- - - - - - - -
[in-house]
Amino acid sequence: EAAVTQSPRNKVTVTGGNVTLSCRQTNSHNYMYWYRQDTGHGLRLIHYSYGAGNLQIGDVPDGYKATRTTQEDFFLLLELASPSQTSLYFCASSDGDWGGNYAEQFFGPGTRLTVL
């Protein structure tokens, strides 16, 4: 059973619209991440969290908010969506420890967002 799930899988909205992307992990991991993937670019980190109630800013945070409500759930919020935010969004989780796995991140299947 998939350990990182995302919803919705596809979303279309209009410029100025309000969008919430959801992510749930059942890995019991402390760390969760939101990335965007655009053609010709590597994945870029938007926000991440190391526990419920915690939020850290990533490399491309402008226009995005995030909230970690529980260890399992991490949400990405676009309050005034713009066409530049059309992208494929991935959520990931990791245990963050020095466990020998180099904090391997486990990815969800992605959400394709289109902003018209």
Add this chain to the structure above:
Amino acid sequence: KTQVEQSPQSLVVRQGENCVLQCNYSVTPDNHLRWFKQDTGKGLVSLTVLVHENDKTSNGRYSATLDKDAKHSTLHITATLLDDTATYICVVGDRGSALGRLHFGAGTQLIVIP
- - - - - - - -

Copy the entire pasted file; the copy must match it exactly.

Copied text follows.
[in-house]
Amino acid sequence: EAAVTQSPRNKVTVTGGNVTLSCRQTNSHNYMYWYRQDTGHGLRLIHYSYGAGNLQIGDVPDGYKATRTTQEDFFLLLELASPSQTSLYFCASSDGDWGGNYAEQFFGPGTRLTVL
């Protein structure tokens, strides 16, 4: 059973619209991440969290908010969506420890967002 799930899988909205992307992990991991993937670019980190109630800013945070409500759930919020935010969004989780796995991140299947 998939350990990182995302919803919705596809979303279309209009410029100025309000969008919430959801992510749930059942890995019991402390760390969760939101990335965007655009053609010709590597994945870029938007926000991440190391526990419920915690939020850290990533490399491309402008226009995005995030909230970690529980260890399992991490949400990405676009309050005034713009066409530049059309992208494929991935959520990931990791245990963050020095466990020998180099904090391997486990990815969800992605959400394709289109902003018209």
Add this chain to the structure above:
Amino acid sequence: KTQVEQSPQSLVVRQGENCVLQCNYSVTPDNHLRWFKQDTGKGLVSLTVLVHENDKTSNGRYSATLDKDAKHSTLHITATLLDDTATYICVVGDRGSALGRLHFGAGTQLIVIP